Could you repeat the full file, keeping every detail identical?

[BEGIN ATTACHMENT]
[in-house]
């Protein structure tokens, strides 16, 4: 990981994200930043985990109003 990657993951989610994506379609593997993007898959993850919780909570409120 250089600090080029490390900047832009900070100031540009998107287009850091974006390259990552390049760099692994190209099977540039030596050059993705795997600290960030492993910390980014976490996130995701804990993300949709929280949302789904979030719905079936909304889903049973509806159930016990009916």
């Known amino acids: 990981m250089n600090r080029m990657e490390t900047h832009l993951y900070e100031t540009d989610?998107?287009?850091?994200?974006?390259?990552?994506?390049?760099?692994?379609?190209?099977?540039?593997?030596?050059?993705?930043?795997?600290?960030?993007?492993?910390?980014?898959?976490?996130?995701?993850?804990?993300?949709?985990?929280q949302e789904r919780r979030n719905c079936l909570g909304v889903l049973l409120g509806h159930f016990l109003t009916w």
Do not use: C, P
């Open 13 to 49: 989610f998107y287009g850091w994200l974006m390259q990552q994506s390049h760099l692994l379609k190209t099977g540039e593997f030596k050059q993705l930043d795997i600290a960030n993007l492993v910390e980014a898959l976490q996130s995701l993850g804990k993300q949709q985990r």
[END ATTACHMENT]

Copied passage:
[in-house]
């Protein structure tokens, strides 16, 4: 990981994200930043985990109003 990657993951989610994506379609593997993007898959993850919780909570409120 250089600090080029490390900047832009900070100031540009998107287009850091974006390259990552390049760099692994190209099977540039030596050059993705795997600290960030492993910390980014976490996130995701804990993300949709929280949302789904979030719905079936909304889903049973509806159930016990009916």
């Known amino acids: 990981m250089n600090r080029m990657e490390t900047h832009l993951y900070e100031t540009d989610?998107?287009?850091?994200?974006?390259?990552?994506?390049?760099?692994?379609?190209?099977?540039?593997?030596?050059?993705?930043?795997?600290?960030?993007?492993?910390?980014?898959?976490?996130?995701?993850?804990?993300?949709?985990?929280q949302e789904r919780r979030n719905c079936l909570g909304v889903l049973l409120g509806h159930f016990l109003t009916w």
Do not use: C, P
């Open 13 to 49: 989610f998107y287009g850091w994200l974006m390259q990552q994506s390049h760099l692994l379609k190209t099977g540039e593997f030596k050059q993705l930043d795997i600290a960030n993007l492993v910390e980014a898959l976490q996130s995701l993850g804990k993300q949709q985990r």